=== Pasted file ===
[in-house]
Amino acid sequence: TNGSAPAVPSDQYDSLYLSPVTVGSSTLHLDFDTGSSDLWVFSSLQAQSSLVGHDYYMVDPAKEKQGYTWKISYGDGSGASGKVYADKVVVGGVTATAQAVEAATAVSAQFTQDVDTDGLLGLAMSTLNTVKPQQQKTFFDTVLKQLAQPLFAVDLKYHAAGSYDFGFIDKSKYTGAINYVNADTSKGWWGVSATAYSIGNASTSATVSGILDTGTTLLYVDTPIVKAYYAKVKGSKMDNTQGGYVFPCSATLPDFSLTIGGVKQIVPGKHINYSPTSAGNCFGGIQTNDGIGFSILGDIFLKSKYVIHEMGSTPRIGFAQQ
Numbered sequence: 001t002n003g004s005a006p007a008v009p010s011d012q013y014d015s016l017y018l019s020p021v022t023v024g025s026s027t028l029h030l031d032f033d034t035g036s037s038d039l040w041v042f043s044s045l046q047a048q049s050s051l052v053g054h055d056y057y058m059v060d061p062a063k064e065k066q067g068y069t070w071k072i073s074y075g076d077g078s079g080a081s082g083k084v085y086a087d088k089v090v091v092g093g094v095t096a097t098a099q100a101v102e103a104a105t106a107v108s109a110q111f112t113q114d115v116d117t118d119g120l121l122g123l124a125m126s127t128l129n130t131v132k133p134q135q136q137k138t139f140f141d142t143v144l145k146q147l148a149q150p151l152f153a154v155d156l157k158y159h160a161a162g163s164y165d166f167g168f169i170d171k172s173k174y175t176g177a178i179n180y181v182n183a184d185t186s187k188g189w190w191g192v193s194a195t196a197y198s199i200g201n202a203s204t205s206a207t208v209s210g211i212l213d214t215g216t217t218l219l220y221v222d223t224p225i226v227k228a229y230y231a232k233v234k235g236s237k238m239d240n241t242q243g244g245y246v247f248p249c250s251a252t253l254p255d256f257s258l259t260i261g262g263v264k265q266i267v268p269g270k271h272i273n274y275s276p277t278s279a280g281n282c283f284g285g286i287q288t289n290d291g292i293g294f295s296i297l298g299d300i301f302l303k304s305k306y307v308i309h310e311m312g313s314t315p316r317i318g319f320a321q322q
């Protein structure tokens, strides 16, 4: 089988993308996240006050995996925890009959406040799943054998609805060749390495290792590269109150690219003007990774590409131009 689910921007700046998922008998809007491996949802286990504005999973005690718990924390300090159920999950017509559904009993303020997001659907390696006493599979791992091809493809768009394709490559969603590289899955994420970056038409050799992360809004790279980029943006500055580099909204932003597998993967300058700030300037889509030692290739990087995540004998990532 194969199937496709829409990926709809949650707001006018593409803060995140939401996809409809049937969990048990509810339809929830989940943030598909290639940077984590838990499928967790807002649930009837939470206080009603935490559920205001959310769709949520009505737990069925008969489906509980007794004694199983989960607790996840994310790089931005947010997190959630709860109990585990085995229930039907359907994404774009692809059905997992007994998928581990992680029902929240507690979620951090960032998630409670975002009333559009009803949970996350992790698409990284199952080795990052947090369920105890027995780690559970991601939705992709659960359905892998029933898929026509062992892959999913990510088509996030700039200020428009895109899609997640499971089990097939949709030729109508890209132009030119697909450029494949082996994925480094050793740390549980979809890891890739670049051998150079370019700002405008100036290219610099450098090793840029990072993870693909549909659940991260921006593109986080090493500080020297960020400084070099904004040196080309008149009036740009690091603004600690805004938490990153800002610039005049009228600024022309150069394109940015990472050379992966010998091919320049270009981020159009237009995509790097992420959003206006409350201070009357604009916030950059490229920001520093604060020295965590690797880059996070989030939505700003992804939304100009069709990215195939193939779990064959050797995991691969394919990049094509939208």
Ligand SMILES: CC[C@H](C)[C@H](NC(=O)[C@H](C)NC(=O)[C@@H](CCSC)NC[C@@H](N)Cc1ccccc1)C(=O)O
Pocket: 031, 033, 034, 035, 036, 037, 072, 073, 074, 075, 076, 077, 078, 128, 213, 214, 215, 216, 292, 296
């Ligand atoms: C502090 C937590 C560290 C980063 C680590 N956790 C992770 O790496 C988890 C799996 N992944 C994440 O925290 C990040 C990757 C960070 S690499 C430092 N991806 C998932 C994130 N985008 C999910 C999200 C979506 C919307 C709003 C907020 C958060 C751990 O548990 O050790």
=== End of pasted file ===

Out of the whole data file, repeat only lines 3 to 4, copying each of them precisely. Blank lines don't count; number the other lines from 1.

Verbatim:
Numbered sequence: 001t002n003g004s005a006p007a008v009p010s011d012q013y014d015s016l017y018l019s020p021v022t023v024g025s026s027t028l029h030l031d032f033d034t035g036s037s038d039l040w041v042f043s044s045l046q047a048q049s050s051l052v053g054h055d056y057y058m059v060d061p062a063k064e065k066q067g068y069t070w071k072i073s074y075g076d077g078s079g080a081s082g083k084v085y086a087d088k089v090v091v092g093g094v095t096a097t098a099q100a101v102e103a104a105t106a107v108s109a110q111f112t113q114d115v116d117t118d119g120l121l122g123l124a125m126s127t128l129n130t131v132k133p134q135q136q137k138t139f140f141d142t143v144l145k146q147l148a149q150p151l152f153a154v155d156l157k158y159h160a161a162g163s164y165d166f167g168f169i170d171k172s173k174y175t176g177a178i179n180y181v182n183a184d185t186s187k188g189w190w191g192v193s194a195t196a197y198s199i200g201n202a203s204t205s206a207t208v209s210g211i212l213d214t215g216t217t218l219l220y221v222d223t224p225i226v227k228a229y230y231a232k233v234k235g236s237k238m239d240n241t242q243g244g245y246v247f248p249c250s251a252t253l254p255d256f257s258l259t260i261g262g263v264k265q266i267v268p269g270k271h272i273n274y275s276p277t278s279a280g281n282c283f284g285g286i287q288t289n290d291g292i293g294f295s296i297l298g299d300i301f302l303k304s305k306y307v308i309h310e311m312g313s314t315p316r317i318g319f320a321q322q
């Protein structure tokens, strides 16, 4: 089988993308996240006050995996925890009959406040799943054998609805060749390495290792590269109150690219003007990774590409131009 689910921007700046998922008998809007491996949802286990504005999973005690718990924390300090159920999950017509559904009993303020997001659907390696006493599979791992091809493809768009394709490559969603590289899955994420970056038409050799992360809004790279980029943006500055580099909204932003597998993967300058700030300037889509030692290739990087995540004998990532 194969199937496709829409990926709809949650707001006018593409803060995140939401996809409809049937969990048990509810339809929830989940943030598909290639940077984590838990499928967790807002649930009837939470206080009603935490559920205001959310769709949520009505737990069925008969489906509980007794004694199983989960607790996840994310790089931005947010997190959630709860109990585990085995229930039907359907994404774009692809059905997992007994998928581990992680029902929240507690979620951090960032998630409670975002009333559009009803949970996350992790698409990284199952080795990052947090369920105890027995780690559970991601939705992709659960359905892998029933898929026509062992892959999913990510088509996030700039200020428009895109899609997640499971089990097939949709030729109508890209132009030119697909450029494949082996994925480094050793740390549980979809890891890739670049051998150079370019700002405008100036290219610099450098090793840029990072993870693909549909659940991260921006593109986080090493500080020297960020400084070099904004040196080309008149009036740009690091603004600690805004938490990153800002610039005049009228600024022309150069394109940015990472050379992966010998091919320049270009981020159009237009995509790097992420959003206006409350201070009357604009916030950059490229920001520093604060020295965590690797880059996070989030939505700003992804939304100009069709990215195939193939779990064959050797995991691969394919990049094509939208």